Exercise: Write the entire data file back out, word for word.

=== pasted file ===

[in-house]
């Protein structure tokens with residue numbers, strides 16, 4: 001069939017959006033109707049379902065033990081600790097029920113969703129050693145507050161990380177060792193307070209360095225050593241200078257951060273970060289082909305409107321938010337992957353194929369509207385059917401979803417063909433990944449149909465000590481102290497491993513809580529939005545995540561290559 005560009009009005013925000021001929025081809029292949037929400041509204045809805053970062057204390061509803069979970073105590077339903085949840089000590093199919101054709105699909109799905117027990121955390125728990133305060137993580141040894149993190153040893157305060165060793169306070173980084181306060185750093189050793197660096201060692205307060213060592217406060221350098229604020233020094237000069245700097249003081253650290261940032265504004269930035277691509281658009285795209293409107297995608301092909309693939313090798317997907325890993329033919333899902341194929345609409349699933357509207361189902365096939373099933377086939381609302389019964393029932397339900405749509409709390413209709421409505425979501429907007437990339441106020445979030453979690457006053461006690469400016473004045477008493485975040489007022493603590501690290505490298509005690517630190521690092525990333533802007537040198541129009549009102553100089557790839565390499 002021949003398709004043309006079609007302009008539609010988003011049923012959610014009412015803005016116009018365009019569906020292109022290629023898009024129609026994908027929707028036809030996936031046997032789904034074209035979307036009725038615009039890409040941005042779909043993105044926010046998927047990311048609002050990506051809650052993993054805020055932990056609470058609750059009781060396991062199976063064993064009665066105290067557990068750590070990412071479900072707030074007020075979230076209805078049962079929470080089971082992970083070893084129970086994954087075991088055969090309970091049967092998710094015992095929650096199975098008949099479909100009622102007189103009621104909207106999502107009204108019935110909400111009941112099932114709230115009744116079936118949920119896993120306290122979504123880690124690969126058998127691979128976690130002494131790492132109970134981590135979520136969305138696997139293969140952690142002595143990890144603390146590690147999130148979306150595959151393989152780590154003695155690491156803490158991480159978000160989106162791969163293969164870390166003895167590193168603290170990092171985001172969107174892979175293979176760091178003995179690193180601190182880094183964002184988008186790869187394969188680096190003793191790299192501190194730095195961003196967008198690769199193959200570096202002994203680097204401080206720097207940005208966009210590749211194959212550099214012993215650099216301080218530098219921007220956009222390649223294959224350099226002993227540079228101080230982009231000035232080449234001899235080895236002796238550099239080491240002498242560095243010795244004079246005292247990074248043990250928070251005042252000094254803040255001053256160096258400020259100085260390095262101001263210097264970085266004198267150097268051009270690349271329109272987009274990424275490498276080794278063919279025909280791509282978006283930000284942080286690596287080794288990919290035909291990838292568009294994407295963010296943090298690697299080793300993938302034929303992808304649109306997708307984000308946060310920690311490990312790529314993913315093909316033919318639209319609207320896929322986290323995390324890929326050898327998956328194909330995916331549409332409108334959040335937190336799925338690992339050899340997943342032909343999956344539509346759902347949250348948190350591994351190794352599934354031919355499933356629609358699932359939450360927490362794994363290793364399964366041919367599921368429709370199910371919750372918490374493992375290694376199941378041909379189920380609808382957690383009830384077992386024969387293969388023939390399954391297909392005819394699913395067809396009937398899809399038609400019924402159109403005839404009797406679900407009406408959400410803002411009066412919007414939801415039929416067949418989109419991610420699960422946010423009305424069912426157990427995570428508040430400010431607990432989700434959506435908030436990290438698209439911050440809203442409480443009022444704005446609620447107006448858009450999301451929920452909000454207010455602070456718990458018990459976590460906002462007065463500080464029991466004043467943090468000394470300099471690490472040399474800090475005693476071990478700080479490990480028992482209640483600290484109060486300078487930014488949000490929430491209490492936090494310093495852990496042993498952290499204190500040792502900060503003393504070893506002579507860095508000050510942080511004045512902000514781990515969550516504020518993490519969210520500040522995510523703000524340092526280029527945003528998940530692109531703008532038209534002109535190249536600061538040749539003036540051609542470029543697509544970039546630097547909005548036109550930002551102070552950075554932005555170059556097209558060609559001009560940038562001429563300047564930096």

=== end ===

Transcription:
[in-house]
């Protein structure tokens with residue numbers, strides 16, 4: 001069939017959006033109707049379902065033990081600790097029920113969703129050693145507050161990380177060792193307070209360095225050593241200078257951060273970060289082909305409107321938010337992957353194929369509207385059917401979803417063909433990944449149909465000590481102290497491993513809580529939005545995540561290559 005560009009009005013925000021001929025081809029292949037929400041509204045809805053970062057204390061509803069979970073105590077339903085949840089000590093199919101054709105699909109799905117027990121955390125728990133305060137993580141040894149993190153040893157305060165060793169306070173980084181306060185750093189050793197660096201060692205307060213060592217406060221350098229604020233020094237000069245700097249003081253650290261940032265504004269930035277691509281658009285795209293409107297995608301092909309693939313090798317997907325890993329033919333899902341194929345609409349699933357509207361189902365096939373099933377086939381609302389019964393029932397339900405749509409709390413209709421409505425979501429907007437990339441106020445979030453979690457006053461006690469400016473004045477008493485975040489007022493603590501690290505490298509005690517630190521690092525990333533802007537040198541129009549009102553100089557790839565390499 002021949003398709004043309006079609007302009008539609010988003011049923012959610014009412015803005016116009018365009019569906020292109022290629023898009024129609026994908027929707028036809030996936031046997032789904034074209035979307036009725038615009039890409040941005042779909043993105044926010046998927047990311048609002050990506051809650052993993054805020055932990056609470058609750059009781060396991062199976063064993064009665066105290067557990068750590070990412071479900072707030074007020075979230076209805078049962079929470080089971082992970083070893084129970086994954087075991088055969090309970091049967092998710094015992095929650096199975098008949099479909100009622102007189103009621104909207106999502107009204108019935110909400111009941112099932114709230115009744116079936118949920119896993120306290122979504123880690124690969126058998127691979128976690130002494131790492132109970134981590135979520136969305138696997139293969140952690142002595143990890144603390146590690147999130148979306150595959151393989152780590154003695155690491156803490158991480159978000160989106162791969163293969164870390166003895167590193168603290170990092171985001172969107174892979175293979176760091178003995179690193180601190182880094183964002184988008186790869187394969188680096190003793191790299192501190194730095195961003196967008198690769199193959200570096202002994203680097204401080206720097207940005208966009210590749211194959212550099214012993215650099216301080218530098219921007220956009222390649223294959224350099226002993227540079228101080230982009231000035232080449234001899235080895236002796238550099239080491240002498242560095243010795244004079246005292247990074248043990250928070251005042252000094254803040255001053256160096258400020259100085260390095262101001263210097264970085266004198267150097268051009270690349271329109272987009274990424275490498276080794278063919279025909280791509282978006283930000284942080286690596287080794288990919290035909291990838292568009294994407295963010296943090298690697299080793300993938302034929303992808304649109306997708307984000308946060310920690311490990312790529314993913315093909316033919318639209319609207320896929322986290323995390324890929326050898327998956328194909330995916331549409332409108334959040335937190336799925338690992339050899340997943342032909343999956344539509346759902347949250348948190350591994351190794352599934354031919355499933356629609358699932359939450360927490362794994363290793364399964366041919367599921368429709370199910371919750372918490374493992375290694376199941378041909379189920380609808382957690383009830384077992386024969387293969388023939390399954391297909392005819394699913395067809396009937398899809399038609400019924402159109403005839404009797406679900407009406408959400410803002411009066412919007414939801415039929416067949418989109419991610420699960422946010423009305424069912426157990427995570428508040430400010431607990432989700434959506435908030436990290438698209439911050440809203442409480443009022444704005446609620447107006448858009450999301451929920452909000454207010455602070456718990458018990459976590460906002462007065463500080464029991466004043467943090468000394470300099471690490472040399474800090475005693476071990478700080479490990480028992482209640483600290484109060486300078487930014488949000490929430491209490492936090494310093495852990496042993498952290499204190500040792502900060503003393504070893506002579507860095508000050510942080511004045512902000514781990515969550516504020518993490519969210520500040522995510523703000524340092526280029527945003528998940530692109531703008532038209534002109535190249536600061538040749539003036540051609542470029543697509544970039546630097547909005548036109550930002551102070552950075554932005555170059556097209558060609559001009560940038562001429563300047564930096």